When it comes to programmatic media, I do consider myself to be one of the OGs. For context, some history for you:
It was the early 90s when the world wide web made its debut to the public. As we all know, the internet exploded and changed everything very quickly. In parallel with massive adoption of network computing, so too was massive growth of the internet itself. From a display advertising perspective, the boom of web content created a new, highly scaleable world of available ad supply. This new digital ad supply was highly desirable to both marketers and web publishers alike; the challenge was in the ability to monetize and transact. As a solution for marketers to buy digital inventory at scale, companies called ad networks came into existence. While ad networks filled a need, they also created a lot of problems. It was not uncommon for buyers to be denied transparency into what sites ads could run on and where they actually did end up running on (subsequently creating brand safety, verification and many other issues). Buyers typically also had no transparency into the variable cost of unique ad impressions which made it incredibly easy for ad networks to bundle unsavory supply together, sell it at a huge markup and do so with no accountability (and at the expense of the buyer).
Traditional opaque ad networks also limited a marketers’ ability to retain invaluable and proprietary data, insights and learnings. On top of it all, devious web bots further complicated things by generating tens of millions of dollars in ad fraud. The industry needed to evolve. Fortunately that evolution really ramped up with the birth of ad exchanges in the mid 2000s. Similar to ad networks, an ad exchange is a source of digital supply however in an exchange marketplace, advertisers and publishers can buy and sell ad space in real-time bidded auctions. These ad trades are executed in a software called demand side platforms (DSPs). DSPs plug into a vast array of digital data and inventory sources. DSPs also are built with machine learning algorithms, prediction mechanisms and automated processes to enable media to be precisely programmed to buy the right audience, at the right time for the right price (insert something about scale here. Efficient, effective, transparent, precise).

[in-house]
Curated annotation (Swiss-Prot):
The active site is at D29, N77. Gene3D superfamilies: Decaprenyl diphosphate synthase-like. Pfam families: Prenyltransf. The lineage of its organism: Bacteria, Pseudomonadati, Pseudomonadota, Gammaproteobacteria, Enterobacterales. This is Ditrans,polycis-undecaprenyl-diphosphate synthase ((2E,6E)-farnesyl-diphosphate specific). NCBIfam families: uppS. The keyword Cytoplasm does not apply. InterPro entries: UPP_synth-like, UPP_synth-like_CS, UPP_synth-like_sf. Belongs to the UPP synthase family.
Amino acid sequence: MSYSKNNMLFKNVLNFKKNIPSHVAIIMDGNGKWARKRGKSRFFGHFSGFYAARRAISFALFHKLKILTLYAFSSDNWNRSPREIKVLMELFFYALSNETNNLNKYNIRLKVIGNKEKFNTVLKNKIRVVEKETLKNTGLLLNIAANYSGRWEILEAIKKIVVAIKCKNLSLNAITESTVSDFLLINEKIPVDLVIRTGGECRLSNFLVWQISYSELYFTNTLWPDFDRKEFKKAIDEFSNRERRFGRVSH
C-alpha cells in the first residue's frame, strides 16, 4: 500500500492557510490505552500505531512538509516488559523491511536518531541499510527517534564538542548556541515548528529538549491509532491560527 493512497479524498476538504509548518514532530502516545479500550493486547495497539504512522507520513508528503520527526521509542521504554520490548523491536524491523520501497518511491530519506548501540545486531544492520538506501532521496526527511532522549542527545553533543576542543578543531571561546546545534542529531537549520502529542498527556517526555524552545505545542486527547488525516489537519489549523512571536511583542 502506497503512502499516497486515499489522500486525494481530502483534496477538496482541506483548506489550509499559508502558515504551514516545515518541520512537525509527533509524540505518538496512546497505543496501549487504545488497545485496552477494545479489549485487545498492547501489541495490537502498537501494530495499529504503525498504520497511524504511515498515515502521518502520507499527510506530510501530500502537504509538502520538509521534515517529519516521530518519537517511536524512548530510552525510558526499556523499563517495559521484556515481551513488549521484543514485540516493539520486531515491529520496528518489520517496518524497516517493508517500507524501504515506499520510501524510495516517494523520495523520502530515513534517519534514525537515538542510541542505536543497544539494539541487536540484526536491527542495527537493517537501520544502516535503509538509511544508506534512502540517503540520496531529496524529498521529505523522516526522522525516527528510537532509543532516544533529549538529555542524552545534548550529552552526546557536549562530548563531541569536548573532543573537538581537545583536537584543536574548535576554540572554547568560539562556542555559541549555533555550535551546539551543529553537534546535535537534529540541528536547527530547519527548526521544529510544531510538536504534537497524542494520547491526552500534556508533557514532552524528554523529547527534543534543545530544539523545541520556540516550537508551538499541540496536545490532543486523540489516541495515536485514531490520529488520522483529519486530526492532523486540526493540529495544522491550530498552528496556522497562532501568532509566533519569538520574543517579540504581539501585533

While biddable search had already been around for a minute, the industry-shifting technological advancements that happened during the mid 2000s really marked the true beginning of what we now know as programmatic media. Today 85% of all digital ad spend is activated programmatically (according to XYZ). The IAB put U.S. programmatic ad spending at nearly $79 billion, an increase of 87% from 2017, the first year benchmarked in the report. The beginning of the seismic shift towards programmatic media (both just in general and the demand from brands), prompted large advertising agencies to create internal programmatic expertise hubs.
My unique experience across all programmatic channels, couple with vertical and horizonial pformessional experience, code (insert your degree from NW), coupled with experience on the front and back end and all ends in the agency world, I have a unique view of what is currently being done right, wrong and needs to change in the indsusry. I know what brands and agencies each need. I know where the gaps are, entrepresnaul. Education? My unique experience across all programmatic channels, couple with vertical and horizonial pformessional experience, code (insert your degree from NW), coupled with experience on the front and back end and all ends in the agency world, I have a unique view of what is currently being done right, wrong and needs to change in the indsusry. I know what brands and agencies each need. I know where the gaps are, entrepresnaul. Education?